Tonight as part of Climate Week, the Science Festival will be hosting an evening around the theme of local food production:
Futures Forum: Sidmouth Climate Week > More farmers, more food >>> film and talk on relocalising food production
With more details here:
Climate Week: More Farmers, More Food - Film | Sidmouth Science Festival
The event will start with a showing of the film 'In Our Hands':
Food and farming is in crisis. In just over a decade we’ve lost more than 33,000 farms from our countryside, and alongside this, bad diet is now causing more health problems than smoking! The fundamental link between people, food and the very land we stand on is being broken. Yet it need not be this way.
There is a growing movement of farmers and food workers who are creating vibrant farms, living soils, thriving food markets and a fairer food system for all. At the heart of all change lies a story, and In Our Hands is the story of a new kind of farm, a new kind of food and a new kind of society. This film has been created as an open source tool in order to debunk the myth of the industrial food system, and be a resource for farmers and activists in building a better world.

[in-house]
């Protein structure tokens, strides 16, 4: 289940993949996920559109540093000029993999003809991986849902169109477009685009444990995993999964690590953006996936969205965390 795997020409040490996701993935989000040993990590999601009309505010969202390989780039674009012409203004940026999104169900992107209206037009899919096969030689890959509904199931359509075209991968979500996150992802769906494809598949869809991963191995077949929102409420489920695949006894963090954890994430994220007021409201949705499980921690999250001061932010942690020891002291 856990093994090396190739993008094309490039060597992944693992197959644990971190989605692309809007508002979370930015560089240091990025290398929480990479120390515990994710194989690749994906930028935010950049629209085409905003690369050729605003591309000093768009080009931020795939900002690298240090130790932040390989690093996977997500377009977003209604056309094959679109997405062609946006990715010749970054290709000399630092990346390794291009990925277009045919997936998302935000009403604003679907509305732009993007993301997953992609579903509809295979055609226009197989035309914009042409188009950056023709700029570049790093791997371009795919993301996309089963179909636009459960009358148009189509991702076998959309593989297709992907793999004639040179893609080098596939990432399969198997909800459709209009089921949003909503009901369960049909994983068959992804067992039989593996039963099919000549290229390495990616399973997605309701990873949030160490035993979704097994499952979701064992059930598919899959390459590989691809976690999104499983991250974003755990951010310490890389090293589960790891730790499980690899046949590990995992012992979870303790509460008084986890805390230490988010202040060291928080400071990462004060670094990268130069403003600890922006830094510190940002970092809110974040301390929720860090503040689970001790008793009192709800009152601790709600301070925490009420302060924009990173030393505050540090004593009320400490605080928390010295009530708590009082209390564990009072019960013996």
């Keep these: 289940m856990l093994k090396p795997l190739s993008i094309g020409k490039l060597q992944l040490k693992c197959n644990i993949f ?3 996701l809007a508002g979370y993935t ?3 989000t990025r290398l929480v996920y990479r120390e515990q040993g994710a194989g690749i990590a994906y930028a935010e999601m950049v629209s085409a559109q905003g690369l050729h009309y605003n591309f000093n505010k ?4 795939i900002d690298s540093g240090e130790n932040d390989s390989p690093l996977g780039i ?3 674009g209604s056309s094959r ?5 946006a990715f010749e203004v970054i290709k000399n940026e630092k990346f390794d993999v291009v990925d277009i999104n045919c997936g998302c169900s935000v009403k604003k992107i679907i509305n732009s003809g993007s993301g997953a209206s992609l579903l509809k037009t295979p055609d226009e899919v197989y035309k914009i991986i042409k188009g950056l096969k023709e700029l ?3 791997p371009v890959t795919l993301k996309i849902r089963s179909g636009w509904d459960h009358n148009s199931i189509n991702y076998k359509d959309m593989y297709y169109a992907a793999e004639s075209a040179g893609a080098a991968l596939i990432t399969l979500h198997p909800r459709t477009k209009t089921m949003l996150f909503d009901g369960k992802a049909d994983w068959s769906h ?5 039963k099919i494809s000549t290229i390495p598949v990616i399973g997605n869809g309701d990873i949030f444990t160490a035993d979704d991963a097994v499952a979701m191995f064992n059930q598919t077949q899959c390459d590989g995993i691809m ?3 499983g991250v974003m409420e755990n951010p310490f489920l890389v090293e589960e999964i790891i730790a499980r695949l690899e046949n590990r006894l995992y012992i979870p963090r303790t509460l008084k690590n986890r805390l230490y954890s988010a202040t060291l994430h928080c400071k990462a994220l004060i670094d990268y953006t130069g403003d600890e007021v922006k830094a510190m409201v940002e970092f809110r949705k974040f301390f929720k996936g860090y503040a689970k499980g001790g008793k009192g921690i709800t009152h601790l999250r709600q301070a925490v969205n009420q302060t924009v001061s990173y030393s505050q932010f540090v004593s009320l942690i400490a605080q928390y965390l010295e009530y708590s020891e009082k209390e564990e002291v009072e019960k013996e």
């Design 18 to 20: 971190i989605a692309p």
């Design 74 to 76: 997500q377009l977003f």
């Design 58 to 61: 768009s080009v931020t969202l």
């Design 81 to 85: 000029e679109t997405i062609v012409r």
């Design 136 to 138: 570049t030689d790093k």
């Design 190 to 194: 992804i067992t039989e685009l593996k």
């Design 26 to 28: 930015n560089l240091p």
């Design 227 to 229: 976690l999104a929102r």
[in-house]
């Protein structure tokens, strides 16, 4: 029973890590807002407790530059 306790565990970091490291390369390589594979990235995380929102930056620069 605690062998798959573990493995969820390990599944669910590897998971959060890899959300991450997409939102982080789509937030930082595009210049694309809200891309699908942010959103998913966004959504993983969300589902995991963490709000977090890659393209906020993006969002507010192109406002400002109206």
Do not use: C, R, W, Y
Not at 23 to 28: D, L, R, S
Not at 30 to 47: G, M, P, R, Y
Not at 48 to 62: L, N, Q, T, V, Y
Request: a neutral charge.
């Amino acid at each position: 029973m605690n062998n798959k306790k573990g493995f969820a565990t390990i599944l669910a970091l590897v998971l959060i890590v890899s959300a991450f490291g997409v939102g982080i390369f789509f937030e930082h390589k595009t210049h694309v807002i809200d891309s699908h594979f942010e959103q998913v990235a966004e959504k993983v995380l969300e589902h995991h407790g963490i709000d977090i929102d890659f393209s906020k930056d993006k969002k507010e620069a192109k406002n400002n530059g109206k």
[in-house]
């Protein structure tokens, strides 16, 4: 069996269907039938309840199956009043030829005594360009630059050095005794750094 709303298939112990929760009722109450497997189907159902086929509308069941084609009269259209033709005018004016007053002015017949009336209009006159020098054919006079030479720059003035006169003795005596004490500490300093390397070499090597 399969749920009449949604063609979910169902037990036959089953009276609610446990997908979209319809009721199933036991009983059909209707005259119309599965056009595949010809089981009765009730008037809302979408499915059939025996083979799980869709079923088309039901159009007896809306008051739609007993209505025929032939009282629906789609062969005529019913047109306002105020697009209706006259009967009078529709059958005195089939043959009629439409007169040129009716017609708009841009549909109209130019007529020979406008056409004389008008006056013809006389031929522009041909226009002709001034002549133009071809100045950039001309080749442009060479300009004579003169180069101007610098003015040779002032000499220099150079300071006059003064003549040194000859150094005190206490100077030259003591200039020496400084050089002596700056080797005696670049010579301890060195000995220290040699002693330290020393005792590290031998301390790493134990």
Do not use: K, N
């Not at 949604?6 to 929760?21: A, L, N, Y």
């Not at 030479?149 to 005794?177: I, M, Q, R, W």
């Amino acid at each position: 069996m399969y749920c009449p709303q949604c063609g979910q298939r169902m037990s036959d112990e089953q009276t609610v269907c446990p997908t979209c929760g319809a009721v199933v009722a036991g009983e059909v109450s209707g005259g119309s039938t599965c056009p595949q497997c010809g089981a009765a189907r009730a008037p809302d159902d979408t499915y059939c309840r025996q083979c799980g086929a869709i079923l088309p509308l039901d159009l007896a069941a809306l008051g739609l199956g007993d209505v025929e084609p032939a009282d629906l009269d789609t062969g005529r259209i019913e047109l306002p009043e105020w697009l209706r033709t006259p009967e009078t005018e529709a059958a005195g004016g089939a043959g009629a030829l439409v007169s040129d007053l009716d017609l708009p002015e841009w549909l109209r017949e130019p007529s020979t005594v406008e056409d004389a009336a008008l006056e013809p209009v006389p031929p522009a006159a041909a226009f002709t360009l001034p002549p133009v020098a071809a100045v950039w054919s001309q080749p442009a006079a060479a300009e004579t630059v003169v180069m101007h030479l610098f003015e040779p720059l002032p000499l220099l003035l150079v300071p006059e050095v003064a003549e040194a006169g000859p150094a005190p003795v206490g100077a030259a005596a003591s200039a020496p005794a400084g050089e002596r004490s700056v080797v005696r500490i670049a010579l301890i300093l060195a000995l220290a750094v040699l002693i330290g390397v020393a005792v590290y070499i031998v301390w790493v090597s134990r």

In Our Hands - Feature Documentary - Trailer from BlackBark Films on Vimeo.
In Our Hands Film - Seeding Change
And following that, there will be a chance to talk with a real local small-scale ecological farmer:
We grow our vegetables on 5 acres of beautiful south facing land in the East Devon Area of Outstanding Natural Beauty.
We supply our customers through a weekly bag scheme having harvested and packed our vegetables early in the morning so they will reach you as fresh as is possible.
The vegetables we supply are seasonal and we aim to offer as much variety as possible. Your bag will always contain a Salad Bag unless you request otherwise.
We are members of the Wholesome Food Association and grow our vegetables to their standards which guarantee that we are pesticide free and only use natural fertilisers and compost.
Full details can be found on their website http://www.wholesome-food.org/
Ruth Hancock is lead grower, who has been growing chemical free vegetables, heavily layering on the compost and loving care, for over fifteen years now.
She is ably assisted by Mole and Imogen, plus a team of keen volunteers who work for tea, cake and vegetables.
We are always willing to welcome a more volunteers so if these conditions sound attractive please get in touch
Fresh and Green
Biofuels can help solve climate change, especially with a carbon tax | John Abraham | Environment | The Guardian